OPEC rift deepens as Iran walks out of key meeting

Irving Hamilton
June 22, 2018

There is concern among consuming nations and some OPEC members that a shortage and rising oil prices could cripple the global economy.

Iran does at least "understand the necessity to reduce cuts" and has agreed to discuss the matter, Oman's Oil Minister Mohammed Al Rumhy said earlier in the day.

Major oil producers are set to pump around 1m more barrels a day to help cool crude prices as part of an Opec deal, according to Saudi Arabia's energy minister. "A more relaxed policy will push Brent towards $70 a barrel, while restrictive measures will support crude oil back towards $80".

Volatility was the theme on Wednesday as bearish traders continue to support the notion that Saudi Arabia and Russian Federation would push for at least a 1 million barrel per day increase in production, while bullish investors priced in opposition to the increase by Iran, Iraq and Venezuela. Zanganeh has said the president is to blame for high prices because of his unilateral withdrawal from the global nuclear agreement and the imposition of fresh sanctions that could significantly curb Iran's crude exports.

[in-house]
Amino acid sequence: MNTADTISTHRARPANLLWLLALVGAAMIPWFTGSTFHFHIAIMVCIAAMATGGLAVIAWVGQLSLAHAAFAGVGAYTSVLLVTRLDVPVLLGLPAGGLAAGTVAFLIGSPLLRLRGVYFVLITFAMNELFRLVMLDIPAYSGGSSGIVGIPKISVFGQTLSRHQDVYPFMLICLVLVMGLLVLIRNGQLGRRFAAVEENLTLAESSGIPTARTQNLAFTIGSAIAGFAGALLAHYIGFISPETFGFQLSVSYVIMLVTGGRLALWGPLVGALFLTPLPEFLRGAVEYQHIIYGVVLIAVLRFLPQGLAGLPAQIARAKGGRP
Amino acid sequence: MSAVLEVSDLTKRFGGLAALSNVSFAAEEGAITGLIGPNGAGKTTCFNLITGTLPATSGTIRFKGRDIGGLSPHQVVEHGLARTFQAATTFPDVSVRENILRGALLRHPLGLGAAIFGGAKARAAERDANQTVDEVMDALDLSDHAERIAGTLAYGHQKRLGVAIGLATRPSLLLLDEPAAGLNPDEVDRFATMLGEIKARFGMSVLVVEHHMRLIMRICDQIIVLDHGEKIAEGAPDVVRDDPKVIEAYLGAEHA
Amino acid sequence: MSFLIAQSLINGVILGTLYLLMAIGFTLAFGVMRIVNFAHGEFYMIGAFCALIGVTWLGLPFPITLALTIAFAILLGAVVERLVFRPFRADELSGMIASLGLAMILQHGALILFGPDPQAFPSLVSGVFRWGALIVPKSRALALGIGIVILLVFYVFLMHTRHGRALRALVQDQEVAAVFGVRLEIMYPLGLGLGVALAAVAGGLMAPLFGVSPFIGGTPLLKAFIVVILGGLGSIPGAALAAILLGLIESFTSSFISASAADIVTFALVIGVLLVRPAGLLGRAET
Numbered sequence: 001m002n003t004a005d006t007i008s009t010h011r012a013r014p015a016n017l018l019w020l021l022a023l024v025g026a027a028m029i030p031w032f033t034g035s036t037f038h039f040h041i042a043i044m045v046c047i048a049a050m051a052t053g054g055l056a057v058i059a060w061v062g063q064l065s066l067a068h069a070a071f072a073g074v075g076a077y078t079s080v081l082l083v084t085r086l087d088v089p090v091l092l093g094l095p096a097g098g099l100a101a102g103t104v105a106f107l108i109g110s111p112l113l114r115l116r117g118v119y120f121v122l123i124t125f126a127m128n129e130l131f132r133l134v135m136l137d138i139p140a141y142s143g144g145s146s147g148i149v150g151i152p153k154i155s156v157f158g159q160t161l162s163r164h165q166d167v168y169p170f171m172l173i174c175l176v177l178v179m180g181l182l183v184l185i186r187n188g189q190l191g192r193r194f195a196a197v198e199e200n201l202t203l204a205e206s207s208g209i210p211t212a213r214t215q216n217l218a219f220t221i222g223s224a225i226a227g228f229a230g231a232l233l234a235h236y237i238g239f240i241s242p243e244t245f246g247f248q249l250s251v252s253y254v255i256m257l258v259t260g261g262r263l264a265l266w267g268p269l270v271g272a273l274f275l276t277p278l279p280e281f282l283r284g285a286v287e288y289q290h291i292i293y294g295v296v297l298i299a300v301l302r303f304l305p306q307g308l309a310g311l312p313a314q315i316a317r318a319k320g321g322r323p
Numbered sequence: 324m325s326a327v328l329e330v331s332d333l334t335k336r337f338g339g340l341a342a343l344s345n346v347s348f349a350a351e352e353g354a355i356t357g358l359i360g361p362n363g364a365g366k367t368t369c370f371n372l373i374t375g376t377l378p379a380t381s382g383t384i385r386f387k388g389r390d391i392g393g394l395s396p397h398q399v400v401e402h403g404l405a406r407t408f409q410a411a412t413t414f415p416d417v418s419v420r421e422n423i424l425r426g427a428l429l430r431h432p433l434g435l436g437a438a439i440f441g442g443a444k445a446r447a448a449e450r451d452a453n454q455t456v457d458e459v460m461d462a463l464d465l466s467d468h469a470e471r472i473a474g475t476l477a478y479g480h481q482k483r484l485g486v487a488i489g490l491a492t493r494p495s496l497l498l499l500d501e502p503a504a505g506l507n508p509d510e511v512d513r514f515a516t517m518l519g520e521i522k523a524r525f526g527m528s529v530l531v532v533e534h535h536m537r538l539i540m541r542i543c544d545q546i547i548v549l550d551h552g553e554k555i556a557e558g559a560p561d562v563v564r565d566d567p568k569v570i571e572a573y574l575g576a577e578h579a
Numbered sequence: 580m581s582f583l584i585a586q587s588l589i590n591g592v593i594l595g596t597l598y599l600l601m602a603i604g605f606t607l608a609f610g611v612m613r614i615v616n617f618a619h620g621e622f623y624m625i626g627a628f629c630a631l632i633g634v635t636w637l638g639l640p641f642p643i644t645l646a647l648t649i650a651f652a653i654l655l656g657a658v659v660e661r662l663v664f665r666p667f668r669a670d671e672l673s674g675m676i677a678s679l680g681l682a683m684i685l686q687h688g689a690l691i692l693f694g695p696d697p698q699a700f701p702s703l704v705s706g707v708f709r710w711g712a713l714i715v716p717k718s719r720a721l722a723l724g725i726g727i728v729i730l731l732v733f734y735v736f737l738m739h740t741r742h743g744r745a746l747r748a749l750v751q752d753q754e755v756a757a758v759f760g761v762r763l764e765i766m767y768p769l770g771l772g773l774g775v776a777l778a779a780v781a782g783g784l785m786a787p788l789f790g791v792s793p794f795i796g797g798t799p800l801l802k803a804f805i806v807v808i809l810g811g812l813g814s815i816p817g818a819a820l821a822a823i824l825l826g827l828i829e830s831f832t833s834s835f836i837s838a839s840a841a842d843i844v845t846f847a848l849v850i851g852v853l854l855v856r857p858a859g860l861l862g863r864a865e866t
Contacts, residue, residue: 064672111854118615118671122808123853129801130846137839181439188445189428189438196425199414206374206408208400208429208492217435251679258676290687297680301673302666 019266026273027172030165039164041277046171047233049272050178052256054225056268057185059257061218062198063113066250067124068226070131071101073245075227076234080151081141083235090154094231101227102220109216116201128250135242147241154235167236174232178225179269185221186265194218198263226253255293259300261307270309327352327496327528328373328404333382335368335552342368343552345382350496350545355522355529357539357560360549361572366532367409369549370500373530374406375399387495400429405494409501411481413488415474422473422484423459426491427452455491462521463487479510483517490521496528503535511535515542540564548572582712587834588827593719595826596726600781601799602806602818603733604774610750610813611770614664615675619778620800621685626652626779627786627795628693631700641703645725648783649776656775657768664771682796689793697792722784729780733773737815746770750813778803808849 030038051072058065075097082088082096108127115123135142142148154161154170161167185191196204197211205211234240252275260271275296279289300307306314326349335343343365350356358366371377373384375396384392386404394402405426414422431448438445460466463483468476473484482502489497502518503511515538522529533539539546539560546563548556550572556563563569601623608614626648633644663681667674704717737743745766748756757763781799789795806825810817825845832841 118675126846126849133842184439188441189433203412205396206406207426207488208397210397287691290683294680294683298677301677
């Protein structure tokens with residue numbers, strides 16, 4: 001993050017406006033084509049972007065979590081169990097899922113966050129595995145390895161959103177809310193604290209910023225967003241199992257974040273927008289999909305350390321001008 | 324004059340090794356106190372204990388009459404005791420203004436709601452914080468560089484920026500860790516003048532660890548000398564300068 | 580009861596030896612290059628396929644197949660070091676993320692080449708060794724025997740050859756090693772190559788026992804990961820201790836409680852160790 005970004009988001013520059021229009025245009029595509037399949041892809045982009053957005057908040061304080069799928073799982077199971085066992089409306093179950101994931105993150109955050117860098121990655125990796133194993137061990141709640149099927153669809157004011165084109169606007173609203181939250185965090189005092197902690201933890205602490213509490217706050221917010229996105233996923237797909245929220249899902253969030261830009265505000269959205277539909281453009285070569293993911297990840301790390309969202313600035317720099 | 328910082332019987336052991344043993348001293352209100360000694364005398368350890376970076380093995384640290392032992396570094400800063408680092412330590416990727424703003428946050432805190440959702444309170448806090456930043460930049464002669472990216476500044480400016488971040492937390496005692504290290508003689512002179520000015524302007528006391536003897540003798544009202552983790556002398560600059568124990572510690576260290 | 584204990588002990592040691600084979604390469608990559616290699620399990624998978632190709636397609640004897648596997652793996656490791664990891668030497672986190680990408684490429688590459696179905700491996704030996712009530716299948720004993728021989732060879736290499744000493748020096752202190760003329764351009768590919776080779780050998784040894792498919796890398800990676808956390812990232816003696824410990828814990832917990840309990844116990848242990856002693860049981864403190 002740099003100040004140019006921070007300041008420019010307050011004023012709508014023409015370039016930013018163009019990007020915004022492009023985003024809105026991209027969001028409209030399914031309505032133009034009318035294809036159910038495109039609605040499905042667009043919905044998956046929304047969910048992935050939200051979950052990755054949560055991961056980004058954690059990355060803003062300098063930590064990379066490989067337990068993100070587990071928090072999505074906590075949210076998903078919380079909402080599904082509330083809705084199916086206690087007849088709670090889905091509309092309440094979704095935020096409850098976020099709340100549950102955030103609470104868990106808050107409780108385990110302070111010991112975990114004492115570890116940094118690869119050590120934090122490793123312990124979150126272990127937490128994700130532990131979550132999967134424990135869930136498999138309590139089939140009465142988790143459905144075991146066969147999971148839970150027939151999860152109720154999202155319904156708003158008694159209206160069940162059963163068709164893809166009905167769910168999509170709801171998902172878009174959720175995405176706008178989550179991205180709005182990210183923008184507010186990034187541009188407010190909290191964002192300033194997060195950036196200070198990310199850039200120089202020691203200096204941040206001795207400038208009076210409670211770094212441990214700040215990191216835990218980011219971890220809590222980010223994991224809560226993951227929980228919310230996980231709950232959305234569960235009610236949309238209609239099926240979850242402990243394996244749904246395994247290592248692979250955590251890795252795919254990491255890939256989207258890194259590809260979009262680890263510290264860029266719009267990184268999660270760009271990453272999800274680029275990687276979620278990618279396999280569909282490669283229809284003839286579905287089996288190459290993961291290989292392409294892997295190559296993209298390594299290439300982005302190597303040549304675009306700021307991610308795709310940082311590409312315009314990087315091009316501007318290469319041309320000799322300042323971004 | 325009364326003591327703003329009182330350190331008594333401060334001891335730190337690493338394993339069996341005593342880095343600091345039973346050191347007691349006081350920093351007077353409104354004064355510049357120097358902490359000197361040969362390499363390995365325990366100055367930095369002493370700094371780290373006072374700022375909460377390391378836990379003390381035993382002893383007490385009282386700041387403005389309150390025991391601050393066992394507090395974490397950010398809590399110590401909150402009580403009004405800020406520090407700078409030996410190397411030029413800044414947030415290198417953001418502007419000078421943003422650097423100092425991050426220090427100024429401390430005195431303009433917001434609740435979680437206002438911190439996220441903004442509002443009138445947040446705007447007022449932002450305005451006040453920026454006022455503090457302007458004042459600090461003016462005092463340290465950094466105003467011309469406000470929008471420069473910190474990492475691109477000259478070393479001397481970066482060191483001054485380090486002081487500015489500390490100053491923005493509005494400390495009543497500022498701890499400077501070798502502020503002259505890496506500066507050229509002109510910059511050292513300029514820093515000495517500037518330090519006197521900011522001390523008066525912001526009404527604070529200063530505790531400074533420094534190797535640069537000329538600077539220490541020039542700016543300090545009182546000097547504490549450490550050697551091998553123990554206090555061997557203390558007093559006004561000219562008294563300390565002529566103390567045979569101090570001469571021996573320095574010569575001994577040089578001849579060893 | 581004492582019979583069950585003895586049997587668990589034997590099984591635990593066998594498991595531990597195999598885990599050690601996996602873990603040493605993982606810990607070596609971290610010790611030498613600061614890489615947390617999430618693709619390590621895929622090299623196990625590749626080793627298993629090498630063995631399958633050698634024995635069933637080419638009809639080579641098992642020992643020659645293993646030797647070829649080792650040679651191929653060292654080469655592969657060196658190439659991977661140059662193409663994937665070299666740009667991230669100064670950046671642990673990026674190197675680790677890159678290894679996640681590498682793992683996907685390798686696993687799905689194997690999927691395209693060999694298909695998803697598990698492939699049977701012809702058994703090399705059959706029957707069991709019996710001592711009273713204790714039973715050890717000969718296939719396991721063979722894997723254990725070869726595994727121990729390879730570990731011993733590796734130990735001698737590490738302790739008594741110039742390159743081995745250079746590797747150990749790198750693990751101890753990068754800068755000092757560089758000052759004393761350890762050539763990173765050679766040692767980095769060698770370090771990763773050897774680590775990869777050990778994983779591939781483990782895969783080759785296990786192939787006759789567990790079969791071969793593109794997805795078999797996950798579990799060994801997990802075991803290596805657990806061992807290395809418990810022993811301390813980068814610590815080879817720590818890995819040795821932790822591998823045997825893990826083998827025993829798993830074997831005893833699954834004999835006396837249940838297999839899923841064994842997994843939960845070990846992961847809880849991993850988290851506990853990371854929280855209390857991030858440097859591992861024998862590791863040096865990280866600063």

Brent oil prices were up 1.8 per cent on Friday.

Oil prices surged almost 75 percent, touching $80 a barrel, after OPEC and allies agreed to cut production in late 2016.

The Iran walk-out shows the tension within OPEC after the US, China and India put pressure on the cartel to boost production to ease the pain of high oil prices.

An authoritative OPEC source disclosed in a telephone interview with Vanguard, yesterday, that while Saudi Arabia has openly canvassed for a huge increase in supply, Iran said it would compromise on a small increase in OPEC oil output.

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Trump imposed fresh sanctions on Tehran in May and market watchers expect Iran's output to drop by a third by the end of 2018.

Outages in some nations and deeper-than-agreed cuts by others have made the actual reduction larger by about 1 million barrels a day.

"We want to prevent the shortage and the squeeze that we saw in 2007-2008", Falih said, referring to a time when oil rallied close to $150 per barrel.

While Saudi Arabia's cutting by more than required has helped Opec's compliance, involuntary reductions in Venezuela amid economic crisis and in Angola due to natural decline have had a larger impact and can not be reversed at short notice.

Reuters, quoting unnamed OPEC sources, said Iran had demanded that United States sanctions be mentioned in the group's post-meeting communiqué.

"OPEC could keep the same deal with compliance going back to 100%", said an OPEC source who is aware of Iran's stance.

OPEC Secretary-General Mohammad Barkindo said he was confident there would be a deal when the producer group meets in Vienna on Friday.

"Yergin said Saudi Arabia and the United Arab Emirates support the current, tougher US policy toward Iran, Saudi Arabia's rival for influence in the region, and so will want to support Trump's call for lower prices".

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